▶️ Ezra’s Bill stalls in Salem; measure would increase sentences for crimes that cause permanent injuries


Supporters of a measure that would increase sentences for offenders who cause catastrophic injuries packed a hearing room in Salem Monday, but the bill will not move forward this session.

“I’m here today asking you to protect the victims of Oregon…so the punishment for abusers in the state of Oregon matches the damages given to their victims,” said Tina Jorgensen, the grandmother of 2-year-old Ezra Thomas of Madras.

Thomas suffered life-threatening brain damage after his mom’s then-boyfriend Josue Mendoza-Melo repeatedly smacked his head on the floor while watching him in 2017.

Today, Ezra requires care 24/7 and can do next to nothing on his own. Ezra has tracheal and feeding tubes, is legally blind and has between one to three seizures per hour.

“Every joy. Every ounce of joy was taken us from that day,” Jorgensen told the House Judiciary Committee.

Last year, Ezra’s family settled their case and Mendoza-Melo was sentenced to 12 years in prison.

House Bill 4122, introduced by The Dalles Rep. Daniel Bonham, would create a mandatory minimum sentence of 25 years for those convicted of first and second-degree assault, attempted first or second-degree murder or attempted aggravated murder that results in permanent physical injury to victims.

The bill would be similar to “Jessica’s Law” passed in 2006, which increased the mandatory minimum for some sex crimes against children under 12.

“While I am disappointed that the legislature couldn’t take swift action in moving Ezra‘s law during a short session, I’m optimistic to see all of the momentum that is building behind this cause,” Bonham said. “Giving an opportunity for the voices to be heard and creating a work group for all the stakeholders to be at the table working will create a policy that we can all be proud of.”

Committee Chairwoman, Portland Rep. Tawna Sanchez, said she commended the sponsors for crafting a bill narrow in scope, hitting a segment of the law she said wasn’t adequately serving victims.

She said there are a lot of moving parts to something like this and changing a law to increase sentences is “not something that we’re always really excited about.”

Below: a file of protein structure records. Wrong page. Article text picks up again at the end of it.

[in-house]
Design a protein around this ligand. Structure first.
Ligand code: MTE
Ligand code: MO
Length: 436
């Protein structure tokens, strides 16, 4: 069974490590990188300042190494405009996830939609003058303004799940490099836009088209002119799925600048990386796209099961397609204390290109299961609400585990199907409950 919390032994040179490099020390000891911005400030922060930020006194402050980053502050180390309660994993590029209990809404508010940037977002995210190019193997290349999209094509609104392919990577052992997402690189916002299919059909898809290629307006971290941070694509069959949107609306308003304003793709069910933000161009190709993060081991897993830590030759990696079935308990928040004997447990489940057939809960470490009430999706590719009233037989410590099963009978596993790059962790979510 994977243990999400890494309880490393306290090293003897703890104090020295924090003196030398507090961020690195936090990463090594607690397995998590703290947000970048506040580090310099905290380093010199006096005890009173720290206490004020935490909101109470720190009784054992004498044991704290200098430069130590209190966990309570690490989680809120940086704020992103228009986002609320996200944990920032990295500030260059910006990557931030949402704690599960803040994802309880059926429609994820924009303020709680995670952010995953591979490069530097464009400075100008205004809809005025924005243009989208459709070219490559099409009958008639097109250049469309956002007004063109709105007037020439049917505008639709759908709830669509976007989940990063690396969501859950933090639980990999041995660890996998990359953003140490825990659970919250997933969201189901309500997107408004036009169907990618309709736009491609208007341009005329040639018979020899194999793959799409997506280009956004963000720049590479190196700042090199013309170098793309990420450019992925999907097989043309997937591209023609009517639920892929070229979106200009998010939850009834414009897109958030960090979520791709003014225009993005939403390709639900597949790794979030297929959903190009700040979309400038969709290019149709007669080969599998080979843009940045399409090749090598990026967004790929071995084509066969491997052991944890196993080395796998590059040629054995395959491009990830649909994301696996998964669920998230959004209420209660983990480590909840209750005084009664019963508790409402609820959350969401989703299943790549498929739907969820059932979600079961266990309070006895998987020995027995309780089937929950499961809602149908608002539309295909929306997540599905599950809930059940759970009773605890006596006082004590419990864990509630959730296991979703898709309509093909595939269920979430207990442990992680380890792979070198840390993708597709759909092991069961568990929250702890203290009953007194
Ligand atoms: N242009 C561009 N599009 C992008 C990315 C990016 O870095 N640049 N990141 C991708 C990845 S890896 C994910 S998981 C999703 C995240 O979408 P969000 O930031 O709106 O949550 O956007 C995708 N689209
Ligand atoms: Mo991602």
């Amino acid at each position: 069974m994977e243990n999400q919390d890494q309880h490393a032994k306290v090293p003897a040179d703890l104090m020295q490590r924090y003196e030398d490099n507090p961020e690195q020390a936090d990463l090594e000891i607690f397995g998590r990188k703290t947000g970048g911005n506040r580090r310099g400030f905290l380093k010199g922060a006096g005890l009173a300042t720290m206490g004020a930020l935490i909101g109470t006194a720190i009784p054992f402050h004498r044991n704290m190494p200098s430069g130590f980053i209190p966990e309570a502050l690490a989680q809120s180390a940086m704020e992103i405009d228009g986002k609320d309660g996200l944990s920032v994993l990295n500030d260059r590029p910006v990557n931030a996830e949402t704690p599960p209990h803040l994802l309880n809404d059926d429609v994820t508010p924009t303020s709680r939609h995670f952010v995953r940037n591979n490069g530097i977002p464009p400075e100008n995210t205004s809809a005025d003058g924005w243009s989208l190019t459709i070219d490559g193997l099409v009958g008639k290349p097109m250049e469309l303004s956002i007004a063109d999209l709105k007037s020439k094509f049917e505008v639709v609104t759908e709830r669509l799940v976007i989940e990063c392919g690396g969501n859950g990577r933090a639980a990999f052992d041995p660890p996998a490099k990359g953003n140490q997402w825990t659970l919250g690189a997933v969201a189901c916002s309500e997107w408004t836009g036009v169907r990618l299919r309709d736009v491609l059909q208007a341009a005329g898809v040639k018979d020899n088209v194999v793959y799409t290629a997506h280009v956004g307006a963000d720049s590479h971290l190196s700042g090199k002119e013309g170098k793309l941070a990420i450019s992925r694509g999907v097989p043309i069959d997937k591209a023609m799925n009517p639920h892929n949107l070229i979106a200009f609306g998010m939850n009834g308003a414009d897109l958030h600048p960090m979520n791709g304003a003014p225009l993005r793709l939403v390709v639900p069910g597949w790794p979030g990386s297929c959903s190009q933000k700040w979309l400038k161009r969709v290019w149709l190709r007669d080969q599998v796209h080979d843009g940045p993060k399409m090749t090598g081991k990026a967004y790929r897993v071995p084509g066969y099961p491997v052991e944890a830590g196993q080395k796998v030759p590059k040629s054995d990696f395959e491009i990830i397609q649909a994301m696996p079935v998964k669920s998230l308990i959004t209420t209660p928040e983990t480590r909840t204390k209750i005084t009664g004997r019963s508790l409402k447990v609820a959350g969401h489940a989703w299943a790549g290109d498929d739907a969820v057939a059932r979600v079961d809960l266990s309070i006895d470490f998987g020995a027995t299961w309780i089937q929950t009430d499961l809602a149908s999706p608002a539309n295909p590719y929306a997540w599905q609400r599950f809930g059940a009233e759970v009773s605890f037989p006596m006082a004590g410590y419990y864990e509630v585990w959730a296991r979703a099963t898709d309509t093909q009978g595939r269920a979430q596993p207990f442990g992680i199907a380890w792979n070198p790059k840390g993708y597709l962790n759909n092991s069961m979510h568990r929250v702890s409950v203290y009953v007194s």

“But recognizing, of course, this is a massive issue,” Sanchez said. “People are damaged every day by the violence and abusive behaviors of others and I do know this is something that needs to be addressed.”

Ezra’s story isn’t unique. Similar recent cases across the state prompted the measure.

In 2013, then 23-year-old Jessica Haynes of Madras was involved in a domestic violence situation and was shot in the head by Thomas Knapp leaving her severely injured.

Knapp received about five and a half years in prison.

In Marion County, Roy Fast was just 6-months old in 2013 when his mother’s boyfriend, Robert Pinksy, assaulted him, permanently injuring the boy.

Pinksy was sentenced to about nine years.

Jefferson County District Attorney Steven Leriche said those sentences don’t add up when you’re explaining them to a grandmother of a toddler or to a victim of domestic violence

“It’s hard for them to understand how someone can get five or six or seven years and they’re stuck with this for all their life,” Leriche told the committee.

Supporters filled the House Judiciary Committee hearing room, even spilling out into an overflow room, many wearing white #teamezra t-shirts and hoodies.

Nicole Kraus of Salem said “it just made sense.”

“I’m not asking any of you to support some extreme or radical change to Oregon law,” Kraus said. “I’m simply asking you to add time to those who permanently destroy the lives of their victims.”

A similar bill was introduced in Salem last session, but it died in committee.


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